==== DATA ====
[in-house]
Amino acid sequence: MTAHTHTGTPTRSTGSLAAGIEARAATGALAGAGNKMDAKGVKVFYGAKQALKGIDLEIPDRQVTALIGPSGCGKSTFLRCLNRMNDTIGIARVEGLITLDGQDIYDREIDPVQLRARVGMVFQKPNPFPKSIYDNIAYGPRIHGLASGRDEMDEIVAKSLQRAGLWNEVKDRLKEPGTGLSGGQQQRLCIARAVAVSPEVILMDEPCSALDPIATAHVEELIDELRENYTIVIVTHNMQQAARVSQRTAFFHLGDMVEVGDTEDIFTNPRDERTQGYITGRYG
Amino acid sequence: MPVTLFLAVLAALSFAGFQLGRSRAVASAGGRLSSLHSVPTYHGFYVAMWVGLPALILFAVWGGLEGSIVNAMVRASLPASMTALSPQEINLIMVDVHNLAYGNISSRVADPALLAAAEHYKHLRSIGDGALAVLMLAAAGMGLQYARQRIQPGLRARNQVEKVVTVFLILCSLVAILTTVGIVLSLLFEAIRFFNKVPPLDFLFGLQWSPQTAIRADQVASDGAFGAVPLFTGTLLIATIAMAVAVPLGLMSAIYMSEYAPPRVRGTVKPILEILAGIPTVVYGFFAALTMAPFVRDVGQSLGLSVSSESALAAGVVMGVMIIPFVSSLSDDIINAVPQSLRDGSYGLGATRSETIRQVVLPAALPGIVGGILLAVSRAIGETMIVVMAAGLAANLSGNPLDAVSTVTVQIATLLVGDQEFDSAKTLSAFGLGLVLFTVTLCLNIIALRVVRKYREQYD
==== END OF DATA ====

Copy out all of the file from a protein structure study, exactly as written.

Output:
[in-house]
Amino acid sequence: MTAHTHTGTPTRSTGSLAAGIEARAATGALAGAGNKMDAKGVKVFYGAKQALKGIDLEIPDRQVTALIGPSGCGKSTFLRCLNRMNDTIGIARVEGLITLDGQDIYDREIDPVQLRARVGMVFQKPNPFPKSIYDNIAYGPRIHGLASGRDEMDEIVAKSLQRAGLWNEVKDRLKEPGTGLSGGQQQRLCIARAVAVSPEVILMDEPCSALDPIATAHVEELIDELRENYTIVIVTHNMQQAARVSQRTAFFHLGDMVEVGDTEDIFTNPRDERTQGYITGRYG
Amino acid sequence: MPVTLFLAVLAALSFAGFQLGRSRAVASAGGRLSSLHSVPTYHGFYVAMWVGLPALILFAVWGGLEGSIVNAMVRASLPASMTALSPQEINLIMVDVHNLAYGNISSRVADPALLAAAEHYKHLRSIGDGALAVLMLAAAGMGLQYARQRIQPGLRARNQVEKVVTVFLILCSLVAILTTVGIVLSLLFEAIRFFNKVPPLDFLFGLQWSPQTAIRADQVASDGAFGAVPLFTGTLLIATIAMAVAVPLGLMSAIYMSEYAPPRVRGTVKPILEILAGIPTVVYGFFAALTMAPFVRDVGQSLGLSVSSESALAAGVVMGVMIIPFVSSLSDDIINAVPQSLRDGSYGLGATRSETIRQVVLPAALPGIVGGILLAVSRAIGETMIVVMAAGLAANLSGNPLDAVSTVTVQIATLLVGDQEFDSAKTLSAFGLGLVLFTVTLCLNIIALRVVRKYREQYD